Even before the pandemic, Dr. Baldridge said, “the rich were getting richer and the poor were getting more and more challenged, in terms of institutions.” The pattern of applications during the pandemic is just “further evidence” of a long-term trend, she said.
The Common App’s data does not include community colleges because they typically allow anyone to enroll. But those schools, which often provide low-income students a first step into higher education, also saw steep declines. In the fall of 2020, freshmen enrollment fell by more than 20 percent.
“We saw the largest declines by far among students from low-income high schools, high-minority high schools, urban high schools, who ordinarily would have gone to community colleges this fall, and who just vanished,” said Doug Shapiro, the vice president for research at the National Student Clearinghouse Research Center, which publishes educational reports.
Those students often have to work or lack online access, making it harder to apply, he said. “Those are students that are going to have the most difficulty getting back on track, even once the pandemic is over.”
About 3 percent fewer students who would be the first in their families to go to college submitted applications this year, according to Common App data, along with a 2 percent drop in students who qualified for waived admissions fees — a proxy for family income.
But although fewer people from those groups applied over all, some selective schools saw big increases from students who are typically underrepresented at elite institutions. The University of California, Berkeley, received 38 percent more applications from Black, Latino and Native American hopefuls than in 2019. New York University saw 22 percent more applications from both Black and Latino students.
There is little doubt what is driving those gains: making standardized test scores optional for applicants. About 1,700 schools did not require SAT or ACT scores this year.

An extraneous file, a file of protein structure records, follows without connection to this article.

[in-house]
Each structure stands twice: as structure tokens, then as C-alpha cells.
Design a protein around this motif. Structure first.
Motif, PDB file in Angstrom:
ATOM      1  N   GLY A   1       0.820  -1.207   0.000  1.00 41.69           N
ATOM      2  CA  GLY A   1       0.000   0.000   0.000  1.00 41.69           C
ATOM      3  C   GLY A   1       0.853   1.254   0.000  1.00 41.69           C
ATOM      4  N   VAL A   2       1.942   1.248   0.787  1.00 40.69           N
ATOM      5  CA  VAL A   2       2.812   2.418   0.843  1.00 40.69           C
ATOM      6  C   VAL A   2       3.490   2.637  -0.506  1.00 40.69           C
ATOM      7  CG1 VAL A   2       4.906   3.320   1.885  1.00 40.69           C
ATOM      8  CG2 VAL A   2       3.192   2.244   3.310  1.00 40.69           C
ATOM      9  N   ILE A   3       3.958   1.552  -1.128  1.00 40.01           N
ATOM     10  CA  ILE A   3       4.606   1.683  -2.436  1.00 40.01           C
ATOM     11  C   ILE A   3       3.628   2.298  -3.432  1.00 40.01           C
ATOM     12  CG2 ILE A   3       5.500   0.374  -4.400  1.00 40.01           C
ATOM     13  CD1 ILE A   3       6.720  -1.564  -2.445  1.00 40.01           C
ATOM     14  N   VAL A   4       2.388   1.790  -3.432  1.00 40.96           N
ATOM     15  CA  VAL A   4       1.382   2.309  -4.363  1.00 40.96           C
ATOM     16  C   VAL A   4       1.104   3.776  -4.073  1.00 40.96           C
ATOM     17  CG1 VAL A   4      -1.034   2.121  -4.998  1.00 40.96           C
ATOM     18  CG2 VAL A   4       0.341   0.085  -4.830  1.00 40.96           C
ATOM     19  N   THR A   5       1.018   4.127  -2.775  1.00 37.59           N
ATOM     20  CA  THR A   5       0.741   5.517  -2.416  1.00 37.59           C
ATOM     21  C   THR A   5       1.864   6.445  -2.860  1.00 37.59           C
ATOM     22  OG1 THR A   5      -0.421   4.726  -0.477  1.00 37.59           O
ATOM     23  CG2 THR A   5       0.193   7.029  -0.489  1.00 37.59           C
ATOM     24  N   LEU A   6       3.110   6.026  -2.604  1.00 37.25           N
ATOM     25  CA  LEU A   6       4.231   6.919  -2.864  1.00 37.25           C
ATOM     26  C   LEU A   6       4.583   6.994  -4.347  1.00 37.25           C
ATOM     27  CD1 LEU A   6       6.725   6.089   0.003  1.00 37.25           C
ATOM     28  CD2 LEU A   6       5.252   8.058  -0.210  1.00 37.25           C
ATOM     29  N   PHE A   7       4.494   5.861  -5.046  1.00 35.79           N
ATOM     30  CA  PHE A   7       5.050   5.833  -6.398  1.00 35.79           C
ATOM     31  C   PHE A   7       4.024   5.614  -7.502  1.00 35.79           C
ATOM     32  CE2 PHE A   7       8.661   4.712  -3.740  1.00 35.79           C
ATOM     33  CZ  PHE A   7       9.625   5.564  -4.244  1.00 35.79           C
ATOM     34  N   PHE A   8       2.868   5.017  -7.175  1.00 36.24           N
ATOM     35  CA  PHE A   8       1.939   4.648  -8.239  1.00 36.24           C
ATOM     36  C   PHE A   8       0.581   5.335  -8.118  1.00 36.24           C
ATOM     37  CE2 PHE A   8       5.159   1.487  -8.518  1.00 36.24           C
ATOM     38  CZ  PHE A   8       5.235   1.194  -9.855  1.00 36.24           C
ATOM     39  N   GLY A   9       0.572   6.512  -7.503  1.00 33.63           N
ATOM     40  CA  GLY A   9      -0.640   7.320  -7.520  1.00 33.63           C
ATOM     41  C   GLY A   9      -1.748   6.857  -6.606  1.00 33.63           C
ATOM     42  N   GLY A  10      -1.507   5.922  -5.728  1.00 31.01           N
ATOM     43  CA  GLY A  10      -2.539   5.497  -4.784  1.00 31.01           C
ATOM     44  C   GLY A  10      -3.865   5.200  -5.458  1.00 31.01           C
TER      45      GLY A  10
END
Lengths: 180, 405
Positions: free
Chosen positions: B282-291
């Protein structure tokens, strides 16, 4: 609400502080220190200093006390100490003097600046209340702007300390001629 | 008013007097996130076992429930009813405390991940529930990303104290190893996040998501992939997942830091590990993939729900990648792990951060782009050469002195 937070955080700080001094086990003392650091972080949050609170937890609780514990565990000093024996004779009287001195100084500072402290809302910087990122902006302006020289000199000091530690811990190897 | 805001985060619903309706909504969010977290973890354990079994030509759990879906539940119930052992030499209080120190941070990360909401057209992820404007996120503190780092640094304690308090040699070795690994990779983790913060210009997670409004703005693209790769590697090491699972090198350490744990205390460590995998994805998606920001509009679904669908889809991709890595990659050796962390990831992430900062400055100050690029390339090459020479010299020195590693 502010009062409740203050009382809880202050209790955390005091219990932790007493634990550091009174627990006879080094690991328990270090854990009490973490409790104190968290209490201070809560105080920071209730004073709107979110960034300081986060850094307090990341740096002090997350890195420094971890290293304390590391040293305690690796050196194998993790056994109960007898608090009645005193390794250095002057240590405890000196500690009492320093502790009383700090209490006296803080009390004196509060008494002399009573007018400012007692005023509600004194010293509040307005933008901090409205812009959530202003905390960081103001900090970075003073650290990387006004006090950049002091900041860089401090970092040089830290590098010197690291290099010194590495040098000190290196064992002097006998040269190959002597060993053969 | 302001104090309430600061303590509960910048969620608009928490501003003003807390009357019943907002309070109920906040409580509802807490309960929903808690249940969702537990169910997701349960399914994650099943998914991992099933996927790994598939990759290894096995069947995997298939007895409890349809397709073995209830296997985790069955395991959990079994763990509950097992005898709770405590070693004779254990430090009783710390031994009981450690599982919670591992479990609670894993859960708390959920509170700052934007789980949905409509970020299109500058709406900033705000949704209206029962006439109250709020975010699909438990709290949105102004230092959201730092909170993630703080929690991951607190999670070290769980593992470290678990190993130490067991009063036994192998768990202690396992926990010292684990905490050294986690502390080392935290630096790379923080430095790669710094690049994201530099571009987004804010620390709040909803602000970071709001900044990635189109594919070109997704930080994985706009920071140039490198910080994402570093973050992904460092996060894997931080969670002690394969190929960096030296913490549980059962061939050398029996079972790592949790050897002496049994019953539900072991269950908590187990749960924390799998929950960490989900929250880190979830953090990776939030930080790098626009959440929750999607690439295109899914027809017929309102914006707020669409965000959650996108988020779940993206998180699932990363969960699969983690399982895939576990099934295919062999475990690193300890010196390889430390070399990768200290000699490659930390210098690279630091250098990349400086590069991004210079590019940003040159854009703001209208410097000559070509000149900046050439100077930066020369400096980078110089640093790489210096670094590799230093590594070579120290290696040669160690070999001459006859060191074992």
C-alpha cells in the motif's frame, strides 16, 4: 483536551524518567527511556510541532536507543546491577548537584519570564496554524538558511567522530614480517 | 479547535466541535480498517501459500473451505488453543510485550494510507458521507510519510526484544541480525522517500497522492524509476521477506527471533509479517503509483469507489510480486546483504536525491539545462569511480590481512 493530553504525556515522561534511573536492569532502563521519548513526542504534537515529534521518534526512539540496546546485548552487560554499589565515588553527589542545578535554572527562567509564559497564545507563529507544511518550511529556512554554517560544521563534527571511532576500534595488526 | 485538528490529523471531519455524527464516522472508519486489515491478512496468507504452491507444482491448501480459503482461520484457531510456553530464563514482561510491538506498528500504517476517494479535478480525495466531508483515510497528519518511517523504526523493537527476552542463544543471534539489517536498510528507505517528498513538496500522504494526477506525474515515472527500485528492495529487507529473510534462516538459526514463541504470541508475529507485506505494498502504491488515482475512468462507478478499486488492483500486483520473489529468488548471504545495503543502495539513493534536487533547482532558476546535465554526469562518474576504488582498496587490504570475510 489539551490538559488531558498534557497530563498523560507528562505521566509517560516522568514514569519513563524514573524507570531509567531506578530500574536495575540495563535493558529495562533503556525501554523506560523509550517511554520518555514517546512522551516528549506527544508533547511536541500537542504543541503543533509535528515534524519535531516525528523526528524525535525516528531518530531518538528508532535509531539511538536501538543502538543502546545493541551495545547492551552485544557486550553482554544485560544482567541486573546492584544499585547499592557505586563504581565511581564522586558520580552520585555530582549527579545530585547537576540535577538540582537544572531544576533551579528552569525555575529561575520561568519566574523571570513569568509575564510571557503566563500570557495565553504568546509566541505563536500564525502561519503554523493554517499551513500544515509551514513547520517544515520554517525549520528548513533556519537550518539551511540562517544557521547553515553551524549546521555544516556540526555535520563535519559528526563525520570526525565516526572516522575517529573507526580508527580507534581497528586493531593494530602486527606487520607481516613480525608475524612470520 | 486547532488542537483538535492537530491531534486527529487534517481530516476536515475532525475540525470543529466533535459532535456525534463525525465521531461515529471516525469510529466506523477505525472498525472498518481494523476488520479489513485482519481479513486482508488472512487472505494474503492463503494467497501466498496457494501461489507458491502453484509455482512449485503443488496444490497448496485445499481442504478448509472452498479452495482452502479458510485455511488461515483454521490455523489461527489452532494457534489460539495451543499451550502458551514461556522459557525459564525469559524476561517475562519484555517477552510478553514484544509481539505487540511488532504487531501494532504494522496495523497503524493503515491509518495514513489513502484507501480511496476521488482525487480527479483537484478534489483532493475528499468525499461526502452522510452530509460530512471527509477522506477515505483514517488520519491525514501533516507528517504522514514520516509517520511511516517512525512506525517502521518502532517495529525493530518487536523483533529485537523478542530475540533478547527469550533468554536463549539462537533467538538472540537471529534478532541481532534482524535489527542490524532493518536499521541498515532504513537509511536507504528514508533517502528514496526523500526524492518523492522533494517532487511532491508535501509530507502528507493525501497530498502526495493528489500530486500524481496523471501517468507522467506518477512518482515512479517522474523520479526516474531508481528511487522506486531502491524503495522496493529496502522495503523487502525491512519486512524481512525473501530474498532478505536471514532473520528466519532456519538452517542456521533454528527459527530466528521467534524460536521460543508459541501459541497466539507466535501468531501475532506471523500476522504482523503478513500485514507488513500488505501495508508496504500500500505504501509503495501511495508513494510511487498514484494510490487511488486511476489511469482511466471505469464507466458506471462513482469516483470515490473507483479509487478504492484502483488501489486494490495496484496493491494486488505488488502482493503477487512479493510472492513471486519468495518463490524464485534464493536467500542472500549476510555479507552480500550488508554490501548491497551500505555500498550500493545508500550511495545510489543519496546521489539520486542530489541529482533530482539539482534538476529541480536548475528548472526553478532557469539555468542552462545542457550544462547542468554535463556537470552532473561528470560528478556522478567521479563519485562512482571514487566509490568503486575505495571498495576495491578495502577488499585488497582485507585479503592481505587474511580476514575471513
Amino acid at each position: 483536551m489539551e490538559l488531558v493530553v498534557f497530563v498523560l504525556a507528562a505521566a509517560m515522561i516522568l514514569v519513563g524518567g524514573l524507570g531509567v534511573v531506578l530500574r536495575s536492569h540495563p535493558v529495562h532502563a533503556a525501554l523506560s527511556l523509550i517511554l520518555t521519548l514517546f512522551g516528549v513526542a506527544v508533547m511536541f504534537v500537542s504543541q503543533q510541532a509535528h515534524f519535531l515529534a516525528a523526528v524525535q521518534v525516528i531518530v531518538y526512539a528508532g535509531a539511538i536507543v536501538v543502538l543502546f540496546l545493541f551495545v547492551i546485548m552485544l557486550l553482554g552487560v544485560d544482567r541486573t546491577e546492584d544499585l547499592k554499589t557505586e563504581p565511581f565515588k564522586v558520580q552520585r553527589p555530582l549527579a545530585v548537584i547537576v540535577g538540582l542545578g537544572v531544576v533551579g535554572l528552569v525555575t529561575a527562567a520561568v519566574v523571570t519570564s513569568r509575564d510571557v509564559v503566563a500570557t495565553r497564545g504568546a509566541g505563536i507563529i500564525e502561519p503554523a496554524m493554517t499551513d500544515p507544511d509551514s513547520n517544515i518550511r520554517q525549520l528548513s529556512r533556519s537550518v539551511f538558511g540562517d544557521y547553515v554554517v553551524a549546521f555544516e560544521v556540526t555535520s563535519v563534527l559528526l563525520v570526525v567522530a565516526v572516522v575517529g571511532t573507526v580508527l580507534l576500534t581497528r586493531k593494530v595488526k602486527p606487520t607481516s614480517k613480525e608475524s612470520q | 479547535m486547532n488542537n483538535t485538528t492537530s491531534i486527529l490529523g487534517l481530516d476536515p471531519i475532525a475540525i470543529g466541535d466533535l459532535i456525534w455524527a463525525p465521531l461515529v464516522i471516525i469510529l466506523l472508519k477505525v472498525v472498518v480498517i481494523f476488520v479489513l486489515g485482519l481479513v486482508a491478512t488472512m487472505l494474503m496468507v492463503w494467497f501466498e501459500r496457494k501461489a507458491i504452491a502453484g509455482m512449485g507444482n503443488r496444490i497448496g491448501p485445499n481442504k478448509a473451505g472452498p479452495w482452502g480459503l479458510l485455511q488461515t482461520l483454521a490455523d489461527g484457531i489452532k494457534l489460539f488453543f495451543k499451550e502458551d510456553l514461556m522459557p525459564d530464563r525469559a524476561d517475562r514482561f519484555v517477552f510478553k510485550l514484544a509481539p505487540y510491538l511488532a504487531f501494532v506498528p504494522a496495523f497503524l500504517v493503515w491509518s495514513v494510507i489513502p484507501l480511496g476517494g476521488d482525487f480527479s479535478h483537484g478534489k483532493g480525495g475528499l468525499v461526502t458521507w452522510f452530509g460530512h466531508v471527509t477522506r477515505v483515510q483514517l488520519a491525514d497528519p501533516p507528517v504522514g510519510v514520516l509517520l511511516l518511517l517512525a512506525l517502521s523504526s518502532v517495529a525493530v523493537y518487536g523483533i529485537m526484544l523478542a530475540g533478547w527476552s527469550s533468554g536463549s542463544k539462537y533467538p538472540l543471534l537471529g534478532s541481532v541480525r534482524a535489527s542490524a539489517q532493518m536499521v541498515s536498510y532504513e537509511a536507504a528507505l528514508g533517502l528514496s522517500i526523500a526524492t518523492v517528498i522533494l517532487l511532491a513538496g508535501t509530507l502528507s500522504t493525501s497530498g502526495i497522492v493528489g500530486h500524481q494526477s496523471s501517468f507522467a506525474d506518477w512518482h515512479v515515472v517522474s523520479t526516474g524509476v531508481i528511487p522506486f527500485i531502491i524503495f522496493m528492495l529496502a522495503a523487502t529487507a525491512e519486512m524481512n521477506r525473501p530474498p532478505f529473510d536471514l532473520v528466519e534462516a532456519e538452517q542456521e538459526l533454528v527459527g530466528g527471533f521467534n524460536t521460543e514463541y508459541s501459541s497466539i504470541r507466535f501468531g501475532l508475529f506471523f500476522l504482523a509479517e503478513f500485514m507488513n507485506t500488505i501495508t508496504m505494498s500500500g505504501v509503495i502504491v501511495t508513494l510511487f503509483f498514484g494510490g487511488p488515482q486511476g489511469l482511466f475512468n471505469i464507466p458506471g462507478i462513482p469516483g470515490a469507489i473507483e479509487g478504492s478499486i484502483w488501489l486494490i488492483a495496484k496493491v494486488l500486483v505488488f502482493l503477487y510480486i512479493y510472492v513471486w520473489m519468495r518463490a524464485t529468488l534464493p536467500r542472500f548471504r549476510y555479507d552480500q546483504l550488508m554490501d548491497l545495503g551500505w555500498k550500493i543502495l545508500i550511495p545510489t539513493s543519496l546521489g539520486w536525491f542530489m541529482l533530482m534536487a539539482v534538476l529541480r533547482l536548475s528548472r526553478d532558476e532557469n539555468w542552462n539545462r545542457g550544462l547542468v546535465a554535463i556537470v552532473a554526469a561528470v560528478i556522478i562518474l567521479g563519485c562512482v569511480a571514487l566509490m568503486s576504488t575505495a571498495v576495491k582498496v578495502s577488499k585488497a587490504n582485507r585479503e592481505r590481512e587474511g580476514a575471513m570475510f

“When students are trying to gauge their likelihood of getting admitted, they will often look to, well, ‘What are the test score averages?’ or ‘What’s the G.P.A. average?’” Ms. Rickard of the Common App said. Without a test score, she said, “maybe they aren’t sure exactly where to aim, or they think this is their opportunity to try to get into a more selective institution.”
Although most schools that waived standardized tests this year did so temporarily, a growing number are making it permanent because of concerns that the tests are inherently biased. The University of California system, which serves nearly 300,000 students and includes some of the nation’s most-desired schools, decided last year to suspend consideration of SAT and ACT scores. Applications across the system increased 16 percent this year, a record high.
“The elimination of that barrier really did drive application increases,” said Emily D. Engelschall, who oversees admissions at the University of California, Riverside.
The experiment with ignoring test scores could extend beyond the coronavirus crisis, some admissions officers said. The University of Chicago had already declared itself test optional in 2018. And several Ivy League schools, including Harvard, Columbia and the University of Pennsylvania, have said they will not require test scores for next year’s applicants, most of whom are currently high school juniors.
Cornell had made a significant effort in recent years to expand the diversity of its applicant pool, but Mr. Burdick, who oversees admissions, said nothing had as big of an impact as waiving test scores. “We didn’t see an expansion of wealthy kids saying, ‘Well, I’ll apply to Cornell.’ That was already happening,” he said.
Mr. Burdick said his staff had developed a new way to review applications — a “universal transcript review” — focused on the rigor of the classes that applicants took in high school and how they performed in them.
“The essay, the résumé and the letters assume a smidgen more importance than they would have in a system in which the test score just sort of sat there like a big object on the review process,” Mr. Burdick said.
While Cornell and its peers enjoy their bounty, the state systems and less-selective private schools that educate the majority of U.S. college graduates are bracing for long-term distress if the drop in applications leads to depressed enrollment and lower tuition revenue.
Colleges usually admit students they think will attend. But this year, with increased competition for them, admitted students might start playing the field, or get stuck on wait-list limbo at more selective schools as a hectic year shuffles out.